Grossman, D. (1999). Stop teaching our kids to kill: A call to action against TV, movie & video game violence. New York: Crown Publishers.
Hoerrner, M., & Hoerrner, K. (2010) Violent video games might be to blame for violent behavior, in Kiesbye, S. (ed.) Is media violence a problem? (pp. 39-46) Detroit: Greenhaven Press.
Kiesbye, S. (ed.) (2010). Is media violence a problem? Detroit: Greenhaven Press.
Kirsh, S.J. (2006). Children, adolescents, and media violence: A critical look at the research. Thousand Oaks, Calif: Sage Publications.
Kumar, B. (2003). Run against media violence: Entertainment violence against children; don't buy; don't support. Lincoln, NE: IUniverse, Inc.
Mean world syndrome: George Gerbner on media and violence. (2009). S.l.: Insight Media. Retrieved 11 April 2012 http://www.youtube.com/watch?v=msfu8YCCc8Q
Moscow airport terror mirrors video game (2011, Jan. 25) Russia Today online. Retrieved 11 April 2012 http://rt.com/news/modern-warfare-execution-airport/
Simmons, G. (2010) Media violence causes…
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social skills, violence media effect children . The paper allowed include personal opinions . There is much controversy regarding children and the effects that the media world has on the way that they perceive society. The fact that young people are vulnerable makes it difficult for them to filter and interpret information. This leads to them changing their understanding of the social order and of attitudes that they need to
meeting class, wrote subject relationship violence media (attached 'First Paper') . When revisit thoughts, changed? How materials semester complicated, deepened, reinforced, transformed understand relationship violence media, sense matters? Draw SPECIFIC articles terms concepts materials show process development. Violence in relationship with the media While society has experienced significant progress during recent years, the masses continue to be obsessed with diverse concepts such as sex and violence. The media exploits people's obsessions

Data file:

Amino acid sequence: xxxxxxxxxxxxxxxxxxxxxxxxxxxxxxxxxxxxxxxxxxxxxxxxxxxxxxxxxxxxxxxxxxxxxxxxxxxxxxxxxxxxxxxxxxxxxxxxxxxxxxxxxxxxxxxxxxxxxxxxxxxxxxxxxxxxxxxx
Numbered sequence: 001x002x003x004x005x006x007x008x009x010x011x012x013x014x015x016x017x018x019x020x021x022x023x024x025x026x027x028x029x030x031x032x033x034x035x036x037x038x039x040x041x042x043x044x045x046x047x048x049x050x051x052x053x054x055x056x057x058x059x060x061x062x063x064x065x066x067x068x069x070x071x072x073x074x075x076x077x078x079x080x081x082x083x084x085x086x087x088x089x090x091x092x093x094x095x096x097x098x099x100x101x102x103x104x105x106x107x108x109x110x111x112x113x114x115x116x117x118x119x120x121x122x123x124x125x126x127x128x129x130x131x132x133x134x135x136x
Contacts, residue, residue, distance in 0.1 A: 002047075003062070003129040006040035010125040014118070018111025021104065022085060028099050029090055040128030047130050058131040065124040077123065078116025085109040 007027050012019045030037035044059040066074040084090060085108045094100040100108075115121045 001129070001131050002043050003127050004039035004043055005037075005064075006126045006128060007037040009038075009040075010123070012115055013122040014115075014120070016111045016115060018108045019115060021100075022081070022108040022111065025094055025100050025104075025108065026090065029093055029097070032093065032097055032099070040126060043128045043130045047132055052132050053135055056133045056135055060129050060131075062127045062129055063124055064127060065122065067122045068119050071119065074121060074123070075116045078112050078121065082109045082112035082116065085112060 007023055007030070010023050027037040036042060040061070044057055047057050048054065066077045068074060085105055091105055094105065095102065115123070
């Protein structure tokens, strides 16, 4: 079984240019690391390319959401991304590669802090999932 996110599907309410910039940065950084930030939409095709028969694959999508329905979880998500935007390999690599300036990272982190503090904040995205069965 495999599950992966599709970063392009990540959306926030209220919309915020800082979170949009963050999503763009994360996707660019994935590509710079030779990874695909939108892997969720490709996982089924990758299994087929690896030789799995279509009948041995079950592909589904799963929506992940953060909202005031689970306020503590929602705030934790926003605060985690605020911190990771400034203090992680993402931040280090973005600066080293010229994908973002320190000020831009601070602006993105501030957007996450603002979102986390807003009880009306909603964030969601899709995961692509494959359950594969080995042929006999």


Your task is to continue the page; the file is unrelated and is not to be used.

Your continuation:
Rather, most studies point to a correlation between exposure to media violence and aggressive behavior. For example, W. James Potter concludes that "Long-term exposure to media violence is related to aggression in a person's life," and that "Media violence is related to subsequent violence in society," (26). Potter also suggests that certain socio-economic and ethnic groups might be more at-risk for developing aggressive symptoms related to exposure to media
A in millions) Current in millions) Provided by Federal Bureau of Investigation as of September 18, 2006. www.whitehouse.gov/goodbye/3ae6b1ac94aa97e6650780f280890a7c81100e47.html" CHART: National Correctional Populations National Correctional Populations The number of adults in correctional population has been increasing. A in millions) Current million in millions) Provided by Bureau of Justice Statistics as of November 30, 2006. (Social Statistics Briefing Room, 2006) More Statistics Violence in the Media Huston and colleagues have estimated that the average 18-year-old will have viewed 200,000 acts of violence on
Because there was not the time or means to get a very diverse population of individuals, there may be some limitations when it comes to social class as well as previous levels of aggression in the children and youths. There are only two girls compared with the eight boys. This may be considered a limitation as well, but more parents of boys answered the ad and this may be because
Media violence and youth violence: a 2-year longitudinal study" which was written by Hopf et al. This study examined the relationship between violence in the media and violent delinquency in juveniles. As the title of this article suggests, the research is based on a two-year longitudinal study. The hypotheses for this study were multifold, and were based in large measure on existent hypothesis. The hypothesis of Hopf et al.